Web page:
26 September 2015

A place for the stateless: Can a startup city solve the refugee crisis?

By Mark Lutter

Refugees have dominated the front page the last few weeks. With ongoing crises in Syria, Africa, and elsewhere in the Middle East, the problem is unlikely to go away. The UN reports that there are nearly 60 million refugees worldwide, and 20 million have crossed international borders.

Policy proposals to help the refugees typically take one of two forms. First, go after the problem. For Syria, this would mean stopping the civil war and creating a sufficiently peaceful situation that people do not flee. The second is to open borders. The White House announced plans to take in 10,000 refugees, while the EU proposed to accept 160,000.

Stopping the cause of the refugees is not a feasible solution. Iraq remains a mess after 12 years, hundreds of thousands of troops, and hundreds of billions of dollars. Stabilizing Syria would likely require even more treasure, lives, and time, even if we ignore Russia’s support for the Assad regime.

Similarly, resettling refugees is politically problematic. The US and the EU are planning to take in less than .3% of the total refugees, and fewer than 1% of the refugees who have crossed borders.

Further, most of Europe does not even want to accept 160,000. Germany, a key supporter of settling refugees, recently closed their border. More asylum seekers will enter illegally, but even with generous estimates, they will be less than 5% of total refugees.

Millions of people have resettled elsewhere in the Middle East, primarily Turkey and Lebanon, but many are living in camps that are rife with disease and suffer from poor sanitation, poor shelter, and little to eat.

In this context, there have been two prominent recent proposals to create new city states for refugees. The first proposal, dubbed Refugee Nation, the brainchild of Jason Buzi, a bay area real estate mogul was presented in July. The second came from a short tweet from Naguib Sawiris, an Egyptian billionaire who proposed buying a Mediterranean island and founding a new state for the refugees.

While both proposals have received a lot of press, there have been few details. As someone who has thought a great deal about creating institutionally autonomous cities, I thought I would offer some thoughts based on what I have learned.

When determining the success of a new country or city, the most important three things are laws, laws, and laws (with location being a distant fourth). Acquiring land, setting up tents, and giving away food and water will only create a giant refugee camp — not a city. To create a sustainable, livable city, where refugees want to move, there must be jobs, and for there to be jobs, there must be enterprise, and for there to be enterprise, the law must encourage it.

In practice what this means is that a refugee city must have economic freedom. Entrants must be free to own property, trade with each other, start businesses, and become productive citizens.

Currently, neither Buzi nor Sawaris appear to understand the importance of law in the success of a new city. Buzi mentions law only twice in his ebook, once with regard to immigration laws, a second time referencing a general law of equality. In an interview, Sawaris says, “We will use these people and provide them jobs to build a new city on the island.”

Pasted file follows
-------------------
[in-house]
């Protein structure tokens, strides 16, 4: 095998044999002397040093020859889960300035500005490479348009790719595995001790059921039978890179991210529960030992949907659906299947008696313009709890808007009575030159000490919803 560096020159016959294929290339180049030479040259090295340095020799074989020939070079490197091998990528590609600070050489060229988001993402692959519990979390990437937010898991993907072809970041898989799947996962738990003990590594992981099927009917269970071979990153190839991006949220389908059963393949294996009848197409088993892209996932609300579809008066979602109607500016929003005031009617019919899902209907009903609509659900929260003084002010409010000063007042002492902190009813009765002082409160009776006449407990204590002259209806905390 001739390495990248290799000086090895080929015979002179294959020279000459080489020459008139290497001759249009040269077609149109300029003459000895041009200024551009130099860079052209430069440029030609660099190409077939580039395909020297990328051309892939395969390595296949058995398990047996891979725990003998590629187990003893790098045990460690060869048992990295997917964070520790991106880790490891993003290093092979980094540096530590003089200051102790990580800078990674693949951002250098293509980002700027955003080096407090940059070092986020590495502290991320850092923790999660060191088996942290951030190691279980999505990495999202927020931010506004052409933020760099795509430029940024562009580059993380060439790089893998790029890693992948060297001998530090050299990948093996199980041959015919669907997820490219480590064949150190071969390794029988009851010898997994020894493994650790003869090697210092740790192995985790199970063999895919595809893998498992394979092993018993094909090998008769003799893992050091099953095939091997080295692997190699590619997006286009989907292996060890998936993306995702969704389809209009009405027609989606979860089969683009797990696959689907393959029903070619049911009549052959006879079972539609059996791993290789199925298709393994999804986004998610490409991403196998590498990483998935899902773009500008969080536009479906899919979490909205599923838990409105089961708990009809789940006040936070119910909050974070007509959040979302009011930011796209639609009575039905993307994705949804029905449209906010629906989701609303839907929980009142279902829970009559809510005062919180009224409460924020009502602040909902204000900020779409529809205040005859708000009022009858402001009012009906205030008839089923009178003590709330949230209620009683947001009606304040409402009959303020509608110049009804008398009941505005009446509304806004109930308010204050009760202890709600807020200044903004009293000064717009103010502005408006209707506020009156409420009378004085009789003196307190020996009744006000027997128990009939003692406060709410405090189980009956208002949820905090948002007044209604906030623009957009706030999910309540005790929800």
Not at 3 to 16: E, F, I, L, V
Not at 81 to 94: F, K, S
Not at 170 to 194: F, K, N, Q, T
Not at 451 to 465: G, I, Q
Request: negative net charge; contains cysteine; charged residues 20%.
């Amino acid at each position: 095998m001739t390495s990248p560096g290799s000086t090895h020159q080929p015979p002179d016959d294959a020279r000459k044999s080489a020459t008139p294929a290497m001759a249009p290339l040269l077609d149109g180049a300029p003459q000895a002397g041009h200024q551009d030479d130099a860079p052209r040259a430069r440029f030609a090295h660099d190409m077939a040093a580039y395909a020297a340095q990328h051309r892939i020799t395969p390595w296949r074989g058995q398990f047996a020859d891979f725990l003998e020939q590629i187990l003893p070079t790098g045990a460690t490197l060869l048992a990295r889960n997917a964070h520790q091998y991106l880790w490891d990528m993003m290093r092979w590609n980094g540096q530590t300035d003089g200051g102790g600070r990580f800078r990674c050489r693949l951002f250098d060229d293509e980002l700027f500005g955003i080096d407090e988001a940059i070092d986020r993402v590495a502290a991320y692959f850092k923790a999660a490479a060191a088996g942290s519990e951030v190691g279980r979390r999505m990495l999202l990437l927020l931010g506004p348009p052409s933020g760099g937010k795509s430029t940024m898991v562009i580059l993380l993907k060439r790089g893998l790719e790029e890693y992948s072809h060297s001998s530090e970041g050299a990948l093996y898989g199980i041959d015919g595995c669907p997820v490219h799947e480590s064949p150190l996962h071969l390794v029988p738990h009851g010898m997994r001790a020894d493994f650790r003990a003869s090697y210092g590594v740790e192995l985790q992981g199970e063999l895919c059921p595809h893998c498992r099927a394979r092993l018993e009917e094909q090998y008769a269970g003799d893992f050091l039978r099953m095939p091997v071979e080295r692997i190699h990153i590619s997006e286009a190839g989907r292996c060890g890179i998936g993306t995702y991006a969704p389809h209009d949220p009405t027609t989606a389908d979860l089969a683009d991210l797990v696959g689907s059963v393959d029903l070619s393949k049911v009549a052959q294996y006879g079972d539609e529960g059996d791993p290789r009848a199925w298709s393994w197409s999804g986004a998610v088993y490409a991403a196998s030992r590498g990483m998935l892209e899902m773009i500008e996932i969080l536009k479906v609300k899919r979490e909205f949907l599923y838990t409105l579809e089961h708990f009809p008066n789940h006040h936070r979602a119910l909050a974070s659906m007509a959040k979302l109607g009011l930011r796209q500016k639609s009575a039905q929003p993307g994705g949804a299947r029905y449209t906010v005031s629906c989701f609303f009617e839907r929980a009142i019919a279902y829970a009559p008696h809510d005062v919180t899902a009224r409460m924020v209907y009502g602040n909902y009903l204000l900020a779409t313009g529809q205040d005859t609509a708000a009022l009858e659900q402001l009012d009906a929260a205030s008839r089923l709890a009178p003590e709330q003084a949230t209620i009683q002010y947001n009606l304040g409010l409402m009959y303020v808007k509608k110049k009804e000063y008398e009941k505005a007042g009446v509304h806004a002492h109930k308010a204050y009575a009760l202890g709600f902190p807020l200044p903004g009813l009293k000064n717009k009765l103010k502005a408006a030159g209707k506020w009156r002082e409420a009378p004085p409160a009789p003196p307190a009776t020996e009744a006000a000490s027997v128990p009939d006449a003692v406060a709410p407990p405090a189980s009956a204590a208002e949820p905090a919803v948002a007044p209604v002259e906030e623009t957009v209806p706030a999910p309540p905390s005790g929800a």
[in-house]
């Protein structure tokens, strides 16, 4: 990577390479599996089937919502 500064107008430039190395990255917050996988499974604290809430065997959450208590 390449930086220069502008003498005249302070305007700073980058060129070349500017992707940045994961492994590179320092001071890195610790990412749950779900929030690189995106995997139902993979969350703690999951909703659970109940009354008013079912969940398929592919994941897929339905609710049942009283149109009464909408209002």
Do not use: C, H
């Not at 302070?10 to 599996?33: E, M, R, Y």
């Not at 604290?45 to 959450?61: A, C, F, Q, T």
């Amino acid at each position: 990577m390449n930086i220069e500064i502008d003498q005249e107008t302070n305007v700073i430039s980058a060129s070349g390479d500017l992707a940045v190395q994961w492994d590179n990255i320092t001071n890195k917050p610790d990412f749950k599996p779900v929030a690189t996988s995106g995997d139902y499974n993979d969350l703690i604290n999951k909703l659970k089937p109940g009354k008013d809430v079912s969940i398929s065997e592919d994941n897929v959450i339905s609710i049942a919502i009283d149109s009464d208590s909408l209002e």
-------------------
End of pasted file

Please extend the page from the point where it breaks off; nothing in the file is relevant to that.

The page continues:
However, no matter how rich Sawaris is, ultimately he will not be able to house and feed all the refugees. What he can do is create a system which would ensure the refugees the ability to house and feed themselves.

The key here is institutional autonomy, the ability to have a set of laws different from the country from which the land is bought. Whether it is the creation of a new nation, as Buzi wants, or merely a new system in an existing country, such as Hong Kong, is less important. What matters is for the refugees to have an opportunity to create wealth and improve their well-being, rather than being dependent on aid.

Autonomy is the trickiest part of the negotiation, as Sawaris notes, and he is only considering passports and entry visas. Countries sometimes view establishing autonomous regions as giving up sovereignty. However, the number of special economic zones has skyrocketed, and a refugee city would simply be a special application of a special economic zone, and an especially worthy one at that.

Luckily, there are several organizations which are dedicated to creating autonomous zones, though they have not yet applied their logic to the refugee crisis.

The best known is Charter Cities, founded by Paul Romer, which looks to transplant legal systems from successful countries to rural areas in unsuccessful countries to jumpstart economic growth. They have experience negotiating with countries for institutional autonomy and would best be able to implement a new legal code.

The Startup Cities Institute tries to bring entrepreneurship to city governance itself. This would be particularly applicable to a small scale effort to grow a new city, rather than investing billions of dollars before the first residents arrive.

Lastly, the Seasteading Institute seeks to use competition to improve governance by opting out of existing nation states by building cities in the ocean. They have thought a great deal about the problems facing floating platforms and small islands, which would be useful to any project in the Mediterranean.

Ultimately, those serious about creating an institutionally autonomous city to house refugees need to consider the governance of that city. The long term success of the project will depend on it.

This article was originally published by the Foundation for Economic Education. It can be found here.

Mark Lutter is writing his dissertation on proprietary cities at George Mason University, and is a contributor at the Foundation for Economic Education.